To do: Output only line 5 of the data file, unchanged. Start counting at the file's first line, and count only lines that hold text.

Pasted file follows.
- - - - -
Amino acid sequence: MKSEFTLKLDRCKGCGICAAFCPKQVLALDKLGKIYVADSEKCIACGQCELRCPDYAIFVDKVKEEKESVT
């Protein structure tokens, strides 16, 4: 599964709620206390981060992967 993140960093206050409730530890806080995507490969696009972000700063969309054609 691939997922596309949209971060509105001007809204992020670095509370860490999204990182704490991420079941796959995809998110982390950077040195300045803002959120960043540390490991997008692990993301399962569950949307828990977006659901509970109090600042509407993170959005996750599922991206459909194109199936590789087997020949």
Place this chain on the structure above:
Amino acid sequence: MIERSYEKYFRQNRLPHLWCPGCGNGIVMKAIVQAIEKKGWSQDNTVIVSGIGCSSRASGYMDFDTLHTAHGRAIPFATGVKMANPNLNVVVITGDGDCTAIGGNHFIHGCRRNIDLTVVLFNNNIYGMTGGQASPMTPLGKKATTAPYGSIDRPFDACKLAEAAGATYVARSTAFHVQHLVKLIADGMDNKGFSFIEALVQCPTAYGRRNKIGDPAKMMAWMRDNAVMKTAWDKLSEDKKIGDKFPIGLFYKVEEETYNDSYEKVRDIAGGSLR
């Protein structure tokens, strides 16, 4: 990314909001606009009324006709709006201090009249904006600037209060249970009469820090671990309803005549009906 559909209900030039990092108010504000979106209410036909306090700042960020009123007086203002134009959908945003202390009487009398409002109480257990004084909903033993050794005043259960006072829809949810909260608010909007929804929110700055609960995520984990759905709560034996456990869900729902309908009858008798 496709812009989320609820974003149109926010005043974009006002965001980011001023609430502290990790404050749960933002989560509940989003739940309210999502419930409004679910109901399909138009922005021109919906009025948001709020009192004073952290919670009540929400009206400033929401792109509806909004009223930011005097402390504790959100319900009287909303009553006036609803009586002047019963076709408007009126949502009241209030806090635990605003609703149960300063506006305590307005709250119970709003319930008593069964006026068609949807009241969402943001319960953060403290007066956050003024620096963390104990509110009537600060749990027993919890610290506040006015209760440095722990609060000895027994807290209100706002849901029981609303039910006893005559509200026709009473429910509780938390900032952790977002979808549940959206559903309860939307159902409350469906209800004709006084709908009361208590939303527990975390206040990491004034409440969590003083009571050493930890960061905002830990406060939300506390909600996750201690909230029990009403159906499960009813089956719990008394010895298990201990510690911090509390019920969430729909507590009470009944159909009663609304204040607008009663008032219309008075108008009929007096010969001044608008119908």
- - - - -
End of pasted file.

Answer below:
């Protein structure tokens, strides 16, 4: 990314909001606009009324006709709006201090009249904006600037209060249970009469820090671990309803005549009906 559909209900030039990092108010504000979106209410036909306090700042960020009123007086203002134009959908945003202390009487009398409002109480257990004084909903033993050794005043259960006072829809949810909260608010909007929804929110700055609960995520984990759905709560034996456990869900729902309908009858008798 496709812009989320609820974003149109926010005043974009006002965001980011001023609430502290990790404050749960933002989560509940989003739940309210999502419930409004679910109901399909138009922005021109919906009025948001709020009192004073952290919670009540929400009206400033929401792109509806909004009223930011005097402390504790959100319900009287909303009553006036609803009586002047019963076709408007009126949502009241209030806090635990605003609703149960300063506006305590307005709250119970709003319930008593069964006026068609949807009241969402943001319960953060403290007066956050003024620096963390104990509110009537600060749990027993919890610290506040006015209760440095722990609060000895027994807290209100706002849901029981609303039910006893005559509200026709009473429910509780938390900032952790977002979808549940959206559903309860939307159902409350469906209800004709006084709908009361208590939303527990975390206040990491004034409440969590003083009571050493930890960061905002830990406060939300506390909600996750201690909230029990009403159906499960009813089956719990008394010895298990201990510690911090509390019920969430729909507590009470009944159909009663609304204040607008009663008032219309008075108008009929007096010969001044608008119908």